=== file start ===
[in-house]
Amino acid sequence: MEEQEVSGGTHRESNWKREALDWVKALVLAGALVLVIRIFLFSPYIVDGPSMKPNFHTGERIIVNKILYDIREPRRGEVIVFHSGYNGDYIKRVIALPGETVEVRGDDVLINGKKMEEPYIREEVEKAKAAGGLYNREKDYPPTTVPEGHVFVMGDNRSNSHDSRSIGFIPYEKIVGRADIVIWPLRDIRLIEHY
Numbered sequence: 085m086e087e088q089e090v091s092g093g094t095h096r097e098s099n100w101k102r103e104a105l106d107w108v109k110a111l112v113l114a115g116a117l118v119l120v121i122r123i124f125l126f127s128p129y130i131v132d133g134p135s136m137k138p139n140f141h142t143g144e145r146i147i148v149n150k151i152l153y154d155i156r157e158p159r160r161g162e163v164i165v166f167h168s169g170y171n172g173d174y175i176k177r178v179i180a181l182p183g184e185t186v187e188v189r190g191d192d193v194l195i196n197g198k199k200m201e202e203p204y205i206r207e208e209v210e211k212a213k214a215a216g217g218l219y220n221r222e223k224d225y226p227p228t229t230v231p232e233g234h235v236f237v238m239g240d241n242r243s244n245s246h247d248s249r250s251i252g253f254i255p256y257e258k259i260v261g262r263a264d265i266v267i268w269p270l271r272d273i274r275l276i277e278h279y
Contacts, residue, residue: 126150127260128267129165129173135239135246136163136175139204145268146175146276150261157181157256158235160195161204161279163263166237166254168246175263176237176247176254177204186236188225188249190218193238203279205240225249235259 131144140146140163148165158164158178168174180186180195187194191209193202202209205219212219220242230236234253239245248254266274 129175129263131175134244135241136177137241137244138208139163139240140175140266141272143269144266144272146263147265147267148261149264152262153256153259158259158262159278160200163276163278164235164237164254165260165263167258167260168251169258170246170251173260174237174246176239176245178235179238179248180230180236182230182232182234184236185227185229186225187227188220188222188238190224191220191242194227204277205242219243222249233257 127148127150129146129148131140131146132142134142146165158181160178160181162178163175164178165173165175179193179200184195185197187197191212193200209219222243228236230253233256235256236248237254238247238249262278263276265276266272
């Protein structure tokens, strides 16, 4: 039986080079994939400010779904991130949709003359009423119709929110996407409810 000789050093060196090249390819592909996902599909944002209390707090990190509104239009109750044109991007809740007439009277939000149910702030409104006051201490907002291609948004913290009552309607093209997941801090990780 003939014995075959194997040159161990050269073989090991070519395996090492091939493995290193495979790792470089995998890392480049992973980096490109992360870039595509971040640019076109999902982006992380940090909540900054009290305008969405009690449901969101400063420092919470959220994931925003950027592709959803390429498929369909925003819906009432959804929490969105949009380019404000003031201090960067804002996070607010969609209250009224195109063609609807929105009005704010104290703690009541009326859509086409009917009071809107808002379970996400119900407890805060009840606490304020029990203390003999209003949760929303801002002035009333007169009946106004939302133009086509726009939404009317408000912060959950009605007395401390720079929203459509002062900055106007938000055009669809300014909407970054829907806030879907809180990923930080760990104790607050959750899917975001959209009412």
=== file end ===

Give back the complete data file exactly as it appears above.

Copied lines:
[in-house]
Amino acid sequence: MEEQEVSGGTHRESNWKREALDWVKALVLAGALVLVIRIFLFSPYIVDGPSMKPNFHTGERIIVNKILYDIREPRRGEVIVFHSGYNGDYIKRVIALPGETVEVRGDDVLINGKKMEEPYIREEVEKAKAAGGLYNREKDYPPTTVPEGHVFVMGDNRSNSHDSRSIGFIPYEKIVGRADIVIWPLRDIRLIEHY
Numbered sequence: 085m086e087e088q089e090v091s092g093g094t095h096r097e098s099n100w101k102r103e104a105l106d107w108v109k110a111l112v113l114a115g116a117l118v119l120v121i122r123i124f125l126f127s128p129y130i131v132d133g134p135s136m137k138p139n140f141h142t143g144e145r146i147i148v149n150k151i152l153y154d155i156r157e158p159r160r161g162e163v164i165v166f167h168s169g170y171n172g173d174y175i176k177r178v179i180a181l182p183g184e185t186v187e188v189r190g191d192d193v194l195i196n197g198k199k200m201e202e203p204y205i206r207e208e209v210e211k212a213k214a215a216g217g218l219y220n221r222e223k224d225y226p227p228t229t230v231p232e233g234h235v236f237v238m239g240d241n242r243s244n245s246h247d248s249r250s251i252g253f254i255p256y257e258k259i260v261g262r263a264d265i266v267i268w269p270l271r272d273i274r275l276i277e278h279y
Contacts, residue, residue: 126150127260128267129165129173135239135246136163136175139204145268146175146276150261157181157256158235160195161204161279163263166237166254168246175263176237176247176254177204186236188225188249190218193238203279205240225249235259 131144140146140163148165158164158178168174180186180195187194191209193202202209205219212219220242230236234253239245248254266274 129175129263131175134244135241136177137241137244138208139163139240140175140266141272143269144266144272146263147265147267148261149264152262153256153259158259158262159278160200163276163278164235164237164254165260165263167258167260168251169258170246170251173260174237174246176239176245178235179238179248180230180236182230182232182234184236185227185229186225187227188220188222188238190224191220191242194227204277205242219243222249233257 127148127150129146129148131140131146132142134142146165158181160178160181162178163175164178165173165175179193179200184195185197187197191212193200209219222243228236230253233256235256236248237254238247238249262278263276265276266272
């Protein structure tokens, strides 16, 4: 039986080079994939400010779904991130949709003359009423119709929110996407409810 000789050093060196090249390819592909996902599909944002209390707090990190509104239009109750044109991007809740007439009277939000149910702030409104006051201490907002291609948004913290009552309607093209997941801090990780 003939014995075959194997040159161990050269073989090991070519395996090492091939493995290193495979790792470089995998890392480049992973980096490109992360870039595509971040640019076109999902982006992380940090909540900054009290305008969405009690449901969101400063420092919470959220994931925003950027592709959803390429498929369909925003819906009432959804929490969105949009380019404000003031201090960067804002996070607010969609209250009224195109063609609807929105009005704010104290703690009541009326859509086409009917009071809107808002379970996400119900407890805060009840606490304020029990203390003999209003949760929303801002002035009333007169009946106004939302133009086509726009939404009317408000912060959950009605007395401390720079929203459509002062900055106007938000055009669809300014909407970054829907806030879907809180990923930080760990104790607050959750899917975001959209009412």